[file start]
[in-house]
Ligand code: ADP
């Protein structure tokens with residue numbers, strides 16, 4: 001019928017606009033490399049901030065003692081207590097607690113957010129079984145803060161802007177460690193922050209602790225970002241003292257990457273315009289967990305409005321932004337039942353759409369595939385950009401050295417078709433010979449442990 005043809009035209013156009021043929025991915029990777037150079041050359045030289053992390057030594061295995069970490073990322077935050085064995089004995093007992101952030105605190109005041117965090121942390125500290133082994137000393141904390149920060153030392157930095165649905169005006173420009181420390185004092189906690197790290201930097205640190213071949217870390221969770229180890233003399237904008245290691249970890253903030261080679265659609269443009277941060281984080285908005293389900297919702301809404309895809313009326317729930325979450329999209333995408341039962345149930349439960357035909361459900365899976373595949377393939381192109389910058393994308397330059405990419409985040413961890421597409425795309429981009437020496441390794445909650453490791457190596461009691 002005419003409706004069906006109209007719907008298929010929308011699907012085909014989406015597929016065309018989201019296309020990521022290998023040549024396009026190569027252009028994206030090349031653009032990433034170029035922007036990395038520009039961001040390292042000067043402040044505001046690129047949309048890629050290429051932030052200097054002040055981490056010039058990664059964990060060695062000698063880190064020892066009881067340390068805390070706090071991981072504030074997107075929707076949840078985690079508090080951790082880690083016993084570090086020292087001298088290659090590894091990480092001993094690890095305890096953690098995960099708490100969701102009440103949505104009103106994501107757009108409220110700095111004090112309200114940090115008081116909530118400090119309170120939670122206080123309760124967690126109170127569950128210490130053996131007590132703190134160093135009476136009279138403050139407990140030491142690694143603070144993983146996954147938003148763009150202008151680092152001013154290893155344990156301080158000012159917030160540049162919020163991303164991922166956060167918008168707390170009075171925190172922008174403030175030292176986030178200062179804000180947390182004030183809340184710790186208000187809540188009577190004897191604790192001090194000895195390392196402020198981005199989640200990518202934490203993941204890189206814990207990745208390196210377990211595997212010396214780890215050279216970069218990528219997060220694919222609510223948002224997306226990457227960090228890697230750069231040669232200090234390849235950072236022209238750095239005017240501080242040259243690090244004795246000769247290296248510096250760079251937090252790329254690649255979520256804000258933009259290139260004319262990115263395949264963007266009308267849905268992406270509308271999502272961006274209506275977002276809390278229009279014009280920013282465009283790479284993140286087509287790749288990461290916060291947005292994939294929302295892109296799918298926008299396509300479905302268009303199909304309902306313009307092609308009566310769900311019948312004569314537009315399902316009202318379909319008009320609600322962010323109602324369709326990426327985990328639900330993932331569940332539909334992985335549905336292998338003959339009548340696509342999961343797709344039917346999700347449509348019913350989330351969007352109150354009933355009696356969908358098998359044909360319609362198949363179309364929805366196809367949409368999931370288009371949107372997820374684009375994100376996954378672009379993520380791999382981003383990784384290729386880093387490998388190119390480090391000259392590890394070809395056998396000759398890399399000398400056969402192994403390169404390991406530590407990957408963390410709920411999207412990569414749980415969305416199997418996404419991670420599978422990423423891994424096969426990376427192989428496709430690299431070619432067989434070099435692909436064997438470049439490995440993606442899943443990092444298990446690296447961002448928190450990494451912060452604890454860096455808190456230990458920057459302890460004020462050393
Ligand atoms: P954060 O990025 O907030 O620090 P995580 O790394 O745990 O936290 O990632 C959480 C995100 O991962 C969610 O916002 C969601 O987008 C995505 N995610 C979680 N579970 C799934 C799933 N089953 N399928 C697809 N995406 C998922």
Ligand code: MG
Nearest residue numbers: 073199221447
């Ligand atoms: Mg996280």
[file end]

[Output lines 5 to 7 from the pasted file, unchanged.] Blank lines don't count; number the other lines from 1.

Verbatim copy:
Ligand code: MG
Nearest residue numbers: 073199221447
């Ligand atoms: Mg996280």